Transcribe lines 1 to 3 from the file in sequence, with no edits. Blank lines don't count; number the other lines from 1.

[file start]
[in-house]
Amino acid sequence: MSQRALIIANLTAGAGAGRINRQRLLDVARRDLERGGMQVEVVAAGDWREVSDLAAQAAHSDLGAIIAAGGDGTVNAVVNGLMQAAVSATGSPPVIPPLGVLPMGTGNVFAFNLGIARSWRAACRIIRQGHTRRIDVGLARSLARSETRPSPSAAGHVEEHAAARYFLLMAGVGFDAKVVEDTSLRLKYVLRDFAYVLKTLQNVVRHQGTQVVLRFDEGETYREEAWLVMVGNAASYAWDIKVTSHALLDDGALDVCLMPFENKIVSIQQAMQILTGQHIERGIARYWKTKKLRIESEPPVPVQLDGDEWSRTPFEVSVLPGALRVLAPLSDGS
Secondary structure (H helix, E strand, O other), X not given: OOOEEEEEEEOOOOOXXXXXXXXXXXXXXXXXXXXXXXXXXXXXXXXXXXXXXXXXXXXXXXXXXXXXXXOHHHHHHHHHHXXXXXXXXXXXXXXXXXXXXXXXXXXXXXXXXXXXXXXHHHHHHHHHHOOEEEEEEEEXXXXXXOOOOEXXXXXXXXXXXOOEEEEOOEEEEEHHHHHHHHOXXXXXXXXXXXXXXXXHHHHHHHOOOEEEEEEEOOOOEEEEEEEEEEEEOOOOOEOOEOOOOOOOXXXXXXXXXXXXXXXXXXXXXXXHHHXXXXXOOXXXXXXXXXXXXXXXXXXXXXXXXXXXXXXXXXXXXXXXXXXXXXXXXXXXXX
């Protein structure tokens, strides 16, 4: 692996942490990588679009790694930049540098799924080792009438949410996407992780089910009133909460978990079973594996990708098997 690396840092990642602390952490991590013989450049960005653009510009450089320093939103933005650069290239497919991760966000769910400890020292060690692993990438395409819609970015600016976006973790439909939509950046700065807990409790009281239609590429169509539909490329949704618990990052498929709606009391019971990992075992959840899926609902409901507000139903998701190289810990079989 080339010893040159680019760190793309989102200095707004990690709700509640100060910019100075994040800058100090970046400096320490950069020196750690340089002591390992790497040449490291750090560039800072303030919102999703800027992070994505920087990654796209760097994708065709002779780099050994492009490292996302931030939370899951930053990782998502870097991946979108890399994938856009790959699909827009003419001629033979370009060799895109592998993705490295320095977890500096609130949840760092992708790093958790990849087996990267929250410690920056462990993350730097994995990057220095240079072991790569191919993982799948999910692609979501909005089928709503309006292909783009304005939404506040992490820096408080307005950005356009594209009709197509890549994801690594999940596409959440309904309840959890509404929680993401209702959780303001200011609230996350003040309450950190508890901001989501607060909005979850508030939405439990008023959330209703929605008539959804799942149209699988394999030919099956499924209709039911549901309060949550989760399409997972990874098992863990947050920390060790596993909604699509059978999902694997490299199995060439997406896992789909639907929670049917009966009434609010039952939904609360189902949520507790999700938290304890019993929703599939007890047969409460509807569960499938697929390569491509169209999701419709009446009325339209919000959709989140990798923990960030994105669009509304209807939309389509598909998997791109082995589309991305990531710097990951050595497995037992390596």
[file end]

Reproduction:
[in-house]
Amino acid sequence: MSQRALIIANLTAGAGAGRINRQRLLDVARRDLERGGMQVEVVAAGDWREVSDLAAQAAHSDLGAIIAAGGDGTVNAVVNGLMQAAVSATGSPPVIPPLGVLPMGTGNVFAFNLGIARSWRAACRIIRQGHTRRIDVGLARSLARSETRPSPSAAGHVEEHAAARYFLLMAGVGFDAKVVEDTSLRLKYVLRDFAYVLKTLQNVVRHQGTQVVLRFDEGETYREEAWLVMVGNAASYAWDIKVTSHALLDDGALDVCLMPFENKIVSIQQAMQILTGQHIERGIARYWKTKKLRIESEPPVPVQLDGDEWSRTPFEVSVLPGALRVLAPLSDGS
Secondary structure (H helix, E strand, O other), X not given: OOOEEEEEEEOOOOOXXXXXXXXXXXXXXXXXXXXXXXXXXXXXXXXXXXXXXXXXXXXXXXXXXXXXXXOHHHHHHHHHHXXXXXXXXXXXXXXXXXXXXXXXXXXXXXXXXXXXXXXHHHHHHHHHHOOEEEEEEEEXXXXXXOOOOEXXXXXXXXXXXOOEEEEOOEEEEEHHHHHHHHOXXXXXXXXXXXXXXXXHHHHHHHOOOEEEEEEEOOOOEEEEEEEEEEEEOOOOOEOOEOOOOOOOXXXXXXXXXXXXXXXXXXXXXXXHHHXXXXXOOXXXXXXXXXXXXXXXXXXXXXXXXXXXXXXXXXXXXXXXXXXXXXXXXXXXXX